This tale was deeply rooted in the minds of the settlers and frontiers that came to conquer a new territory, the unknown. Mistress Hibbins is the clearest, yet despite numerous clues, commonly indulged case of the cooperation with the Devil. The woman ventures into the woods late at night to spend time with the Black Man and practice witchcraft. What is more, the tolerated sin of the witch confirms hypocrisy and hidden evil in Puritan society. She is a visible emblem of evil put in the sight of the public.
Yet these thoughts affected Hester Prynne less with hope than apprehension. She knew that her deed had been evil; she could have no faith, therefore, that its result would be good. Day after day she looked fearfully into the child's expanding nature, ever dreading to detect some dark and wild peculiarity that should correspond with the guiltiness to which she owed her being Hawthorne, , Because she is an outcast and does not belong to civilization or Puritan world, she finds her identity in nature. It [sunshine] will not flee from me; for I wear nothing on my bosom yet!
There was no other attribute that so much impressed her with a sense of new and untransmitted vigor in Pearl's nature, as this never-failing vivacity of spirits; she had not the disease of sadness, which almost all children, in these latter days, inherit, with the scrofula, from the troubles of their ancestors. Perhaps this too was a disease, and but the reflex of the wild energy with which Hester had fought against her sorrows, before Pearl's birth.
It was certainly a doubtful charm, imparting a hard, metallic lustre to the child's character Had they taken her from me, I would willingly have gone with thee into the forest, and signed my name in the Black Man's book too, and that with mine own blood! Paradoxically, the person who identified the source of evil was Pearl! Her intelligent observations and natural perception lead her to important discoveries about the character of people around her. Come away, or yonder old black man will catch you!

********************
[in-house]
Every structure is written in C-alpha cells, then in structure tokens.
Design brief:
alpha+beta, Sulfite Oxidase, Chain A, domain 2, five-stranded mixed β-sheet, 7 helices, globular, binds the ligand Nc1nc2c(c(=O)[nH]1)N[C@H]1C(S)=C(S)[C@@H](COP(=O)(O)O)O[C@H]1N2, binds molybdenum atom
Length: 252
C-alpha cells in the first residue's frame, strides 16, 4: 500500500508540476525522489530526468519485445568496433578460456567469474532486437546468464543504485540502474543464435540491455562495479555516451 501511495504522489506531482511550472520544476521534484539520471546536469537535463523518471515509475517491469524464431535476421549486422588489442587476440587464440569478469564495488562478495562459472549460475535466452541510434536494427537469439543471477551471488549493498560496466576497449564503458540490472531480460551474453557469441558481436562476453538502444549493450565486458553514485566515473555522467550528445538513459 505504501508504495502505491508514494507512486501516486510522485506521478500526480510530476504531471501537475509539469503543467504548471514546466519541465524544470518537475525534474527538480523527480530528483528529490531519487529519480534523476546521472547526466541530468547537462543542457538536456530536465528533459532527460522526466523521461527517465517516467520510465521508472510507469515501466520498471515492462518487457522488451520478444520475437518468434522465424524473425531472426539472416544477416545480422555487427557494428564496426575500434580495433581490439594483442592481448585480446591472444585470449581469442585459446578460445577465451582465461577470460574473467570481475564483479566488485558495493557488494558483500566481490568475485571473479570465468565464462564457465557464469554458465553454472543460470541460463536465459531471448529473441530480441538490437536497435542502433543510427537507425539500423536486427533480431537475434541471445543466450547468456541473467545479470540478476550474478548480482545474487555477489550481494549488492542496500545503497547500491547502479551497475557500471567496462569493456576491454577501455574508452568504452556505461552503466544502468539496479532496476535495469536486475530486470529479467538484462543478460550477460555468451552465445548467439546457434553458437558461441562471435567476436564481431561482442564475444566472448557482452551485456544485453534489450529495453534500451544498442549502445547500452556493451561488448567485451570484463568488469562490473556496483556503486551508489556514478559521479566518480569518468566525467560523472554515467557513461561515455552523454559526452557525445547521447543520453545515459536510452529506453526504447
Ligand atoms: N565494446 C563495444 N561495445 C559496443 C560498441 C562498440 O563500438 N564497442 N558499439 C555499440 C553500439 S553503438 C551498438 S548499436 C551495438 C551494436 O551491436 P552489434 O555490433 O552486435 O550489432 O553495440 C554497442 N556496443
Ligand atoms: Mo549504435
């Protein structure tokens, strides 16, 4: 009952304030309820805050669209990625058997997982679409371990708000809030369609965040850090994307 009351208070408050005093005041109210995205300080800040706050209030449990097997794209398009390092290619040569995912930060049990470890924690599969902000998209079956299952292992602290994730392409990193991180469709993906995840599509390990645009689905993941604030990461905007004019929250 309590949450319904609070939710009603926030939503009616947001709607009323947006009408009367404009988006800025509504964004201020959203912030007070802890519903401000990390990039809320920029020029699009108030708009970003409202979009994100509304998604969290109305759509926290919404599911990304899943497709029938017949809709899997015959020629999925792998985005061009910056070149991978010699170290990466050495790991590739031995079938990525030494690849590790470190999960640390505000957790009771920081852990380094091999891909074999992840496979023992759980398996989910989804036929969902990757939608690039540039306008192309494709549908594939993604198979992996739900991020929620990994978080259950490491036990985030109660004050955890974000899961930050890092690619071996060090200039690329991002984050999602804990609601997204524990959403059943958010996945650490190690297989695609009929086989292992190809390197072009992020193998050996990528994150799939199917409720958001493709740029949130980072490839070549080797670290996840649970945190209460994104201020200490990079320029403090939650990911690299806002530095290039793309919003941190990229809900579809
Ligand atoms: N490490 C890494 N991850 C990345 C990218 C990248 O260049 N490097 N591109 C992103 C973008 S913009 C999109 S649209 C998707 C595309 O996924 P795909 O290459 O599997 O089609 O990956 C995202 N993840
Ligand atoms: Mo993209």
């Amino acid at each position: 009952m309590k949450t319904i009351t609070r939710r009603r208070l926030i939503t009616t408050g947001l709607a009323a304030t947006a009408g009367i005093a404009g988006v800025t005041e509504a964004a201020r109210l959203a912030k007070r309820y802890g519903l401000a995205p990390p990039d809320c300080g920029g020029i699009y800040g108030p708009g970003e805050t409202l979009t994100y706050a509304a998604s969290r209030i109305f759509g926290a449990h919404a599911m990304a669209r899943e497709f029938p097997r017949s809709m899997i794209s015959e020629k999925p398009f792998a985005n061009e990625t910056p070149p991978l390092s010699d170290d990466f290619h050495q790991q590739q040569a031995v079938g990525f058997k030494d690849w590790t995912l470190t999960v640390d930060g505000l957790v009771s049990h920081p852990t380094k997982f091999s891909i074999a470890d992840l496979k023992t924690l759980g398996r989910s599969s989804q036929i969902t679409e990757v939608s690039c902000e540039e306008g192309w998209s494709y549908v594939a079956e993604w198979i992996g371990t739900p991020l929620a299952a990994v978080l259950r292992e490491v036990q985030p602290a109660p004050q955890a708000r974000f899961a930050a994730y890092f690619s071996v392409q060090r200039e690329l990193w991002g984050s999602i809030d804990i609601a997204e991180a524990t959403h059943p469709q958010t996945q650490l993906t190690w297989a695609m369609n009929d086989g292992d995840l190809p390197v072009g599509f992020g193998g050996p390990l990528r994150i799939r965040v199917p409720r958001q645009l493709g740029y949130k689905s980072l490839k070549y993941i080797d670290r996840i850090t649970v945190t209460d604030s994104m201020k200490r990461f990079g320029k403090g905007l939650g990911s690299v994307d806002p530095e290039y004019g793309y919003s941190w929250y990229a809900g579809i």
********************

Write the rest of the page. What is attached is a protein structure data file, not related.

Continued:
He hath got hold of the minister already. Come away, mother or he will catch you! The curious child often asked her mother questions about the nature of evil. During a forest walk she asked her mother to tell her a story about him: How he haunts this forest, and carries a book with him a big, heavy book, with iron clasps; and how this ugly Black Man offers his book and an iron pen to everybody that meets him here among the trees; and they are to write their names with their own blood; and then he sets his mark on their bosoms.
Didst thou ever meet the Black Man, mother? Hawthorne, , Another alternative of embodiment of evil appeared because the image led Pearl to believe that also her father, Arthur Dimmesdale, was the Black Man. Thou canst see him now, through the trees. It is the minister! Is it because, when the minister wrote his name in the book, the Black Man set his mark in that place? But why does he not wear it outside his bosom, as thou dost, mother? Where does she come from? As the unnatural physical features characterize both hypocritical Dimmesdale and merciless Chillingworth, the author also emphasizes the inhabitance of the internal devils in the two men and the Puritan society.
Contrary to the popular belief, the devils were not to be found in the natural boundless place like the forest, but in the man-made community, the city of Boston, with a hierarchical order and inflexible codes. There, outcasts are denied the right to be real selves; only in the natural environment, in the woods, can Hester and Dimmesdale behave without restraints and speak straightforwardly.
O exquisite relief!
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She had not known the weight until she felt the freedom! By another impulse, she took off the formal cap that confined her hair, and down it fell upon her shoulders, dark and rich, with at once a shadow and a light in its abundance, and imparting the charm of softness to her features. There played around her mouth, and beamed out of her eyes, a radiant and tender smile, that seemed gushing from the very heart of womanhood. A crimson flush was glowing on her cheek, that had been long so pale. Her sex, her youth, and the whole richness of her beauty, came back from what men call the irrevocable past, and clustered themselves with her maiden hope, and a happiness before unknown, within the magic circle of this hour Yet, rejected and sentenced Hester refuses to leave the place and liberate herself from the badge of shame because she does not want to affirm the power of society over her.